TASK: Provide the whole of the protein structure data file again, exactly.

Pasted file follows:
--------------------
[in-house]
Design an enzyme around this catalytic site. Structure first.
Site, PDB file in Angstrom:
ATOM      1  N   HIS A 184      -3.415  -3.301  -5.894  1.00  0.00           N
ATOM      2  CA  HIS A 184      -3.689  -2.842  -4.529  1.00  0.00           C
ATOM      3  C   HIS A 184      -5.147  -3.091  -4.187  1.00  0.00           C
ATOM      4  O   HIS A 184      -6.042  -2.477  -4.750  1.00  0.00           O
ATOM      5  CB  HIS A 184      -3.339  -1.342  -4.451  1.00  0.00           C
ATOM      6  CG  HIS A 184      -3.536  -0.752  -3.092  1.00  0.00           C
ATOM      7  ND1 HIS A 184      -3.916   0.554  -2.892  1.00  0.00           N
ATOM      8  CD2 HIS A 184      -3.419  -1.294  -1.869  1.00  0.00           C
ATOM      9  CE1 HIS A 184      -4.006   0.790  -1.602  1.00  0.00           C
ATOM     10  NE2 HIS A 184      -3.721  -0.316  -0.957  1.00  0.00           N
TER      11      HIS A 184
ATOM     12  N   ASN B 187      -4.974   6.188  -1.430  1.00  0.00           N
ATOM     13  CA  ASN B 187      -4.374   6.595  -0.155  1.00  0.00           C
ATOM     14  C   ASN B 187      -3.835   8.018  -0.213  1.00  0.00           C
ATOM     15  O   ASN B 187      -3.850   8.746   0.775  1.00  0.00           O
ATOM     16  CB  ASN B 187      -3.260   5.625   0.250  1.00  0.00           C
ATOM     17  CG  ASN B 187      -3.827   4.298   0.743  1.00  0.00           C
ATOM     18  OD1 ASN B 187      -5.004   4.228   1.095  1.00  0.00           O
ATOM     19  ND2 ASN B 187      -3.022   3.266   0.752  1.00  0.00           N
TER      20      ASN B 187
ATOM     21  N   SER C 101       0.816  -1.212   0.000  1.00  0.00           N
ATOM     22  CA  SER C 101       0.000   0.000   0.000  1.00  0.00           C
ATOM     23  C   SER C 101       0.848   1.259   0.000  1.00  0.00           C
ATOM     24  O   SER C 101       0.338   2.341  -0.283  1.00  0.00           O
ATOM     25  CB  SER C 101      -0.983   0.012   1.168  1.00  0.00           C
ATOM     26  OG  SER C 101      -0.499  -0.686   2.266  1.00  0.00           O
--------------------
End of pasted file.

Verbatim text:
[in-house]
Design an enzyme around this catalytic site. Structure first.
Site, PDB file in Angstrom:
ATOM      1  N   HIS A 184      -3.415  -3.301  -5.894  1.00  0.00           N
ATOM      2  CA  HIS A 184      -3.689  -2.842  -4.529  1.00  0.00           C
ATOM      3  C   HIS A 184      -5.147  -3.091  -4.187  1.00  0.00           C
ATOM      4  O   HIS A 184      -6.042  -2.477  -4.750  1.00  0.00           O
ATOM      5  CB  HIS A 184      -3.339  -1.342  -4.451  1.00  0.00           C
ATOM      6  CG  HIS A 184      -3.536  -0.752  -3.092  1.00  0.00           C
ATOM      7  ND1 HIS A 184      -3.916   0.554  -2.892  1.00  0.00           N
ATOM      8  CD2 HIS A 184      -3.419  -1.294  -1.869  1.00  0.00           C
ATOM      9  CE1 HIS A 184      -4.006   0.790  -1.602  1.00  0.00           C
ATOM     10  NE2 HIS A 184      -3.721  -0.316  -0.957  1.00  0.00           N
TER      11      HIS A 184
ATOM     12  N   ASN B 187      -4.974   6.188  -1.430  1.00  0.00           N
ATOM     13  CA  ASN B 187      -4.374   6.595  -0.155  1.00  0.00           C
ATOM     14  C   ASN B 187      -3.835   8.018  -0.213  1.00  0.00           C
ATOM     15  O   ASN B 187      -3.850   8.746   0.775  1.00  0.00           O
ATOM     16  CB  ASN B 187      -3.260   5.625   0.250  1.00  0.00           C
ATOM     17  CG  ASN B 187      -3.827   4.298   0.743  1.00  0.00           C
ATOM     18  OD1 ASN B 187      -5.004   4.228   1.095  1.00  0.00           O
ATOM     19  ND2 ASN B 187      -3.022   3.266   0.752  1.00  0.00           N
TER      20      ASN B 187
ATOM     21  N   SER C 101       0.816  -1.212   0.000  1.00  0.00           N
ATOM     22  CA  SER C 101       0.000   0.000   0.000  1.00  0.00           C
ATOM     23  C   SER C 101       0.848   1.259   0.000  1.00  0.00           C
ATOM     24  O   SER C 101       0.338   2.341  -0.283  1.00  0.00           O
ATOM     25  CB  SER C 101      -0.983   0.012   1.168  1.00  0.00           C
ATOM     26  OG  SER C 101      -0.499  -0.686   2.266  1.00  0.00           O